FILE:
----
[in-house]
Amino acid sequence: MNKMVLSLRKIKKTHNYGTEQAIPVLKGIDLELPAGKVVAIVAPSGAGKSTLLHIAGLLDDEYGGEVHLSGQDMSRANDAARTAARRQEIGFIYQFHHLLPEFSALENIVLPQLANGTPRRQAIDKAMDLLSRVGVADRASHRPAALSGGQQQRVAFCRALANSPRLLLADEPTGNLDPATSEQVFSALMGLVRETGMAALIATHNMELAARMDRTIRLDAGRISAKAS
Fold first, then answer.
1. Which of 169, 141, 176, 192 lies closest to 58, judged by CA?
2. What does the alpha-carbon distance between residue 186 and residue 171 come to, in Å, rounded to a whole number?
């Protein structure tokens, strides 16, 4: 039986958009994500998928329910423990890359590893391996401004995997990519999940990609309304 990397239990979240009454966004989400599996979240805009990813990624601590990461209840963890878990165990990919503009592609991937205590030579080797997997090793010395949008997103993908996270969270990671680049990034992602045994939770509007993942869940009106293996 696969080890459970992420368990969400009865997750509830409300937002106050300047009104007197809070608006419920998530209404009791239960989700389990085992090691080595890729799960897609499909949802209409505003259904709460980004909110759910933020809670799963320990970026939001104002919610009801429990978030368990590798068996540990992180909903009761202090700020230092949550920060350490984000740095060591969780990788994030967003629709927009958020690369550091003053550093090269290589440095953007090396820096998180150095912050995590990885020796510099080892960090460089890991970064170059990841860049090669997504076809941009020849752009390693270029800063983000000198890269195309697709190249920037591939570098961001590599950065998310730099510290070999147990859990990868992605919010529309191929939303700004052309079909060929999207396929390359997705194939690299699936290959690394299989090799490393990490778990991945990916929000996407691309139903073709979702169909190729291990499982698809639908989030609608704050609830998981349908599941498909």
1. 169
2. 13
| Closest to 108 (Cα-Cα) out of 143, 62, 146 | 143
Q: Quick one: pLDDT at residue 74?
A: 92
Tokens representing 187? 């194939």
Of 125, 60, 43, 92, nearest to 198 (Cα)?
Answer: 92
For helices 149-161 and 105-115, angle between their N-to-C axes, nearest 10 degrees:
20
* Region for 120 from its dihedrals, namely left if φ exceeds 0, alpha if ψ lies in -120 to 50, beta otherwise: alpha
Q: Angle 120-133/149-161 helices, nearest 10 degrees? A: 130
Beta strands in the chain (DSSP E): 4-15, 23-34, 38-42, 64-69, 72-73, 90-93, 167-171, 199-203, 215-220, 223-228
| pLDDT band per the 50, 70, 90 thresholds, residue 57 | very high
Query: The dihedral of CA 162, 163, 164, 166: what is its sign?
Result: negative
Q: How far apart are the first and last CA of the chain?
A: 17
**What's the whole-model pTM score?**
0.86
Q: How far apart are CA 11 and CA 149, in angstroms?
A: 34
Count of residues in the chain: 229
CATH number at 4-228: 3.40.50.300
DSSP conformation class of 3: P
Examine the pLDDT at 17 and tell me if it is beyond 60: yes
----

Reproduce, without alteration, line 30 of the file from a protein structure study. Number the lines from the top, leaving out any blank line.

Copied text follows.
CATH number at 4-228: 3.40.50.300